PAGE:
Living And Fighting Destiny

Tomorrow is International Day of People with Disability. A time to recognise the life stories of those who stared back at fate and triumphed, but are still hoping that they are included in the mainstream

Published: 02nd December 2013 09:54 AM  |   Last Updated: 02nd December 2013 09:55 AM   |  A+A-

02des

For Goonga Pehelwan

Three young filmmakers got the story of a lifetime, quite by accident. Mit Jani, Prateek Gupta (both chartered accountants) and Vivek Chaudhary (MBA graduate), who have been friends for seven years now, left the corporate world to make films. While working on a film about land grabbing mafia in 2012, a newspaper report about the goonga pehelwan or ' the mute wrestler', who had won the bronze medal at Deaflympics 2012 (Bulgaria), caught their attention, and by August 2013, the film was made. In 2013, Virender Singh won the gold medal at Deaflympics, securing a medal for the third year in a row.

But Virender's triumph brought him as much despair as well. 

In 2001, a 16-year-old Virender was selected for the trials for the World Cadet Wrestling Championships. He came first in the trials, but the Wrestling Federation of India decided not to send him, citing that the competition was not meant for people with disabilities. This was Virender's first tryst with discrimination, which also excluded him from entering the Olympics.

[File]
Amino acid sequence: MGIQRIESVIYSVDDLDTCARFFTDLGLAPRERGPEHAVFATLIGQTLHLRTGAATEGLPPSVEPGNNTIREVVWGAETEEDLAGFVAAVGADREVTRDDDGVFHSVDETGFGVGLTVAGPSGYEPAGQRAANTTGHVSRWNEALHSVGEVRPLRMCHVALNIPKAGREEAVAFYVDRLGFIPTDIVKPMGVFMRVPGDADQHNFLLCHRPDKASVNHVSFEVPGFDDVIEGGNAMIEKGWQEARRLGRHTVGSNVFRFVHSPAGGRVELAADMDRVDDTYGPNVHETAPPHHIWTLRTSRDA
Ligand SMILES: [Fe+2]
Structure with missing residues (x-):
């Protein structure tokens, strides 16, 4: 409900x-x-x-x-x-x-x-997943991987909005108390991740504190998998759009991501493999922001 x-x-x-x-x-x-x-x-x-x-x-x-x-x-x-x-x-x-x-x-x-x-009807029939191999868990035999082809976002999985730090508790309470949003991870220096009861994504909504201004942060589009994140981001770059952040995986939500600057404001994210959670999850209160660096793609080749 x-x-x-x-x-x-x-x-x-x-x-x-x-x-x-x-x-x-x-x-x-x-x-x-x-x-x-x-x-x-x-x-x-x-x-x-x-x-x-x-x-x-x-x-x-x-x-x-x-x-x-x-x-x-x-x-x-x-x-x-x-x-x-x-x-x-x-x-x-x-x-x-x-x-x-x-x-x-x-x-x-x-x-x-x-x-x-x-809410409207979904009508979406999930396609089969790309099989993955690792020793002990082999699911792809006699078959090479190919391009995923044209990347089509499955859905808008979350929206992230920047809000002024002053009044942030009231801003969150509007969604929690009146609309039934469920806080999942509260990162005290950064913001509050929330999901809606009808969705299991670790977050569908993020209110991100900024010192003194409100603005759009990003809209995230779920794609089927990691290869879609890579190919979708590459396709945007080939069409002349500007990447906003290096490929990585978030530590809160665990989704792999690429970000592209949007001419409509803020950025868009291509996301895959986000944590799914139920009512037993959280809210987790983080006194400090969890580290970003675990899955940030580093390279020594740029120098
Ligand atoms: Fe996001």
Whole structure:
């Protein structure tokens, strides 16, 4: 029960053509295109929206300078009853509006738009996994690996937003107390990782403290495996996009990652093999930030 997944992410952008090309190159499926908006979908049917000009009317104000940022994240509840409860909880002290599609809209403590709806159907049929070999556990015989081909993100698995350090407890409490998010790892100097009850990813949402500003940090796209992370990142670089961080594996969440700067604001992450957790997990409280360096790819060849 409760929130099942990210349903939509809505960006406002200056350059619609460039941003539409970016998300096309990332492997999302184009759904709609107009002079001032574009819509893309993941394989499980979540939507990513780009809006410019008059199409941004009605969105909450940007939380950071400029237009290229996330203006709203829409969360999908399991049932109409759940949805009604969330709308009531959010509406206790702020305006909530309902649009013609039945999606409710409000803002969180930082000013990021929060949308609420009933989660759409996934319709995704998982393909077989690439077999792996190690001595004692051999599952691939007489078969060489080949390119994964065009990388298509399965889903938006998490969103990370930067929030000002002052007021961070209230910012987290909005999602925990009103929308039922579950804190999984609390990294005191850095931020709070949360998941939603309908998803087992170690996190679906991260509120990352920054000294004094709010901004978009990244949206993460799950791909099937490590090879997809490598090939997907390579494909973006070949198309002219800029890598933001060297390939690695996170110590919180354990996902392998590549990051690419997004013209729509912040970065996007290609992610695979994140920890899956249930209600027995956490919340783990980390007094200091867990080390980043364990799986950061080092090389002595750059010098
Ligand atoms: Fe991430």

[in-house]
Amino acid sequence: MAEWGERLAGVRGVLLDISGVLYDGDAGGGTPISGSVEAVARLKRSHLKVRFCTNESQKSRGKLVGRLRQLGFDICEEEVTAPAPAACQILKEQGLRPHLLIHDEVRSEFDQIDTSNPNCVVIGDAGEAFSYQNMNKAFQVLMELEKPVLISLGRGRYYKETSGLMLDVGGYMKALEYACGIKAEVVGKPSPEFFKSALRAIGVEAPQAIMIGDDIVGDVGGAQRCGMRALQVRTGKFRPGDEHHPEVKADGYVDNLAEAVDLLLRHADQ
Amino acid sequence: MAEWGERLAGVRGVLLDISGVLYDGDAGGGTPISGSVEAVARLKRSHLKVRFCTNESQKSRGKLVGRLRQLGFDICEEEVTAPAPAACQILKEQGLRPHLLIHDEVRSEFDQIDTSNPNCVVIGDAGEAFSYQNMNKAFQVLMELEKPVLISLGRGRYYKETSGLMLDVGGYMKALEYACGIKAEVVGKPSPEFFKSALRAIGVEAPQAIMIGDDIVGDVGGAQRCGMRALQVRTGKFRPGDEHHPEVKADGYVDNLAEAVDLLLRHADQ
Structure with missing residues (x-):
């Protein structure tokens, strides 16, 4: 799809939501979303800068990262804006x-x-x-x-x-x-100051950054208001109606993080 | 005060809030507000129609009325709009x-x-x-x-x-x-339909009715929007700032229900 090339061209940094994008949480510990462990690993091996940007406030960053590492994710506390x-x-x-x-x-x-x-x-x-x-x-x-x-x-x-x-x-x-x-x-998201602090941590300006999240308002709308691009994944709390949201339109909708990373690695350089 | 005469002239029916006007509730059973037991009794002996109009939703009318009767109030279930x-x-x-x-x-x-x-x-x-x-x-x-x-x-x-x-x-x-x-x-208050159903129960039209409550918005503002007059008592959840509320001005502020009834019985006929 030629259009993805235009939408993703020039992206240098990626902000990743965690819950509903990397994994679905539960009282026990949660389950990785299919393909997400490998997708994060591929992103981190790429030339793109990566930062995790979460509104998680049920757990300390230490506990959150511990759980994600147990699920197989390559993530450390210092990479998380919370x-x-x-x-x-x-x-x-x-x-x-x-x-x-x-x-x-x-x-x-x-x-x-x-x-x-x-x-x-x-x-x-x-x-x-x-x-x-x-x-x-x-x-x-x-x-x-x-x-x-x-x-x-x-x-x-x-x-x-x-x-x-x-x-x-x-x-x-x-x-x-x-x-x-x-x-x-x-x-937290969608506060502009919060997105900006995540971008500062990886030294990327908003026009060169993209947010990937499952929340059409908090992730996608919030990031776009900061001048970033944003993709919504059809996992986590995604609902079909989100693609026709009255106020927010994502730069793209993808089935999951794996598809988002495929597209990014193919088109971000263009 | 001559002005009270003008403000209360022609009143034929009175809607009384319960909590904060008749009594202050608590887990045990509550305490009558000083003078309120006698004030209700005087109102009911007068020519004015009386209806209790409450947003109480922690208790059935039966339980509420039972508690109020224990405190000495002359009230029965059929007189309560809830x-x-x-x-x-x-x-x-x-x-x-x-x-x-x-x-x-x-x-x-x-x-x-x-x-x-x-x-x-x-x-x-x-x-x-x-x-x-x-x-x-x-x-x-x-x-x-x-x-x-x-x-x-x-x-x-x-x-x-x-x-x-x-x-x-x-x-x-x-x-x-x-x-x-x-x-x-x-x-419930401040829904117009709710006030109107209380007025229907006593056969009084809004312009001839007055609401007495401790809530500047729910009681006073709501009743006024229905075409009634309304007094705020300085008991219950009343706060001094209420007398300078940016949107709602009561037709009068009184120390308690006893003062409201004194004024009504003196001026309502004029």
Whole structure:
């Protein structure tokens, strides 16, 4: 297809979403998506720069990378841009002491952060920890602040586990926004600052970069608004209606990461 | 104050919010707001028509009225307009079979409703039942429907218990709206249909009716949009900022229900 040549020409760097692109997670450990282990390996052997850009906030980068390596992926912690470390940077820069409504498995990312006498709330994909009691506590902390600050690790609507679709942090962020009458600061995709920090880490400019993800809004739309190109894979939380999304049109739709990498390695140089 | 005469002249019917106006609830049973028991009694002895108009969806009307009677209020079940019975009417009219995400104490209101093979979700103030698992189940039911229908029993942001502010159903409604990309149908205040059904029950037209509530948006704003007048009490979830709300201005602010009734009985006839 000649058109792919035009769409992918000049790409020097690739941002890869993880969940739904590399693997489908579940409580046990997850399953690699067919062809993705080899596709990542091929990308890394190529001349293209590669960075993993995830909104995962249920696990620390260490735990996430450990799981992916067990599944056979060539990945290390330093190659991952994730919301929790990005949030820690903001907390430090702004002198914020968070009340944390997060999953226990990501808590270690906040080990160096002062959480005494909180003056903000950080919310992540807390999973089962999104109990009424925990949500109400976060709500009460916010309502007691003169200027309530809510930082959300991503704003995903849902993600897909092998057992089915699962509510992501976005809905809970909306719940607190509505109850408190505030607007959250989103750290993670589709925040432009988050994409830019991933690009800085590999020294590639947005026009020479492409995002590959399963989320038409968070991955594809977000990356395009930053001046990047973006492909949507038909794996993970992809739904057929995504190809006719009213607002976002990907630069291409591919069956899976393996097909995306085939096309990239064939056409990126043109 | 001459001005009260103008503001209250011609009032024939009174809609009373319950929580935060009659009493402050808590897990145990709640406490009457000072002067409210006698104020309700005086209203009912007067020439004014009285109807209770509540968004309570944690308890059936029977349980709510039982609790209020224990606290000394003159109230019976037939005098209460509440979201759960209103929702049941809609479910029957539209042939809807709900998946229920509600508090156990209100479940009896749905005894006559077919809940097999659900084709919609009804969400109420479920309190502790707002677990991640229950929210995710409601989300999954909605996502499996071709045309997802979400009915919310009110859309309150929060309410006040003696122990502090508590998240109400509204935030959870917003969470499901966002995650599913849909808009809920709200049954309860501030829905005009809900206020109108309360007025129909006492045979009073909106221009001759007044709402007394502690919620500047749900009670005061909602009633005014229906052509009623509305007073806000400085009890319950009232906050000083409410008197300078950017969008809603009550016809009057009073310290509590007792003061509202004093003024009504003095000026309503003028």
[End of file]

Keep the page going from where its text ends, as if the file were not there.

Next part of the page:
However, some amount of research and phone calls led to the discovery that people with hearing loss are free to compete in the Olympics. But here in India, he can’t compete at the national level against non-disabled wrestlers, since there are no provisions for visual or tactile cues for deaf competitors at these events, although by law he is allowed to compete. "I am now forced to fight at dangals,  traditional wrestling tournaments, just to earn whatever money I can," says Virender, through an interpreter.

A ray of hope seems to now bring in justice. The filmmakers are campaigning for Virender, who has given up on the Olympic dream. Through their movie, the filmmakers want to address two major issues. "One is equal opportunity for disabled athletes to take part in competitions for the able-bodied. Secondly, we want disabled athletes to be made eligible for cash rewards," says Prateek Gupta.

As for Virender, he asks that even if he want to go to Olympics, how will he sustain himself for the next three years. His diet alone costs him Rs 25000 every month, while his government job pays him Rs 18,000. But Virender continues to practice because perhaps somewhere there's still a lingering hope that he'll make it one day. And if the movie gets recognised, he could just live his dream.

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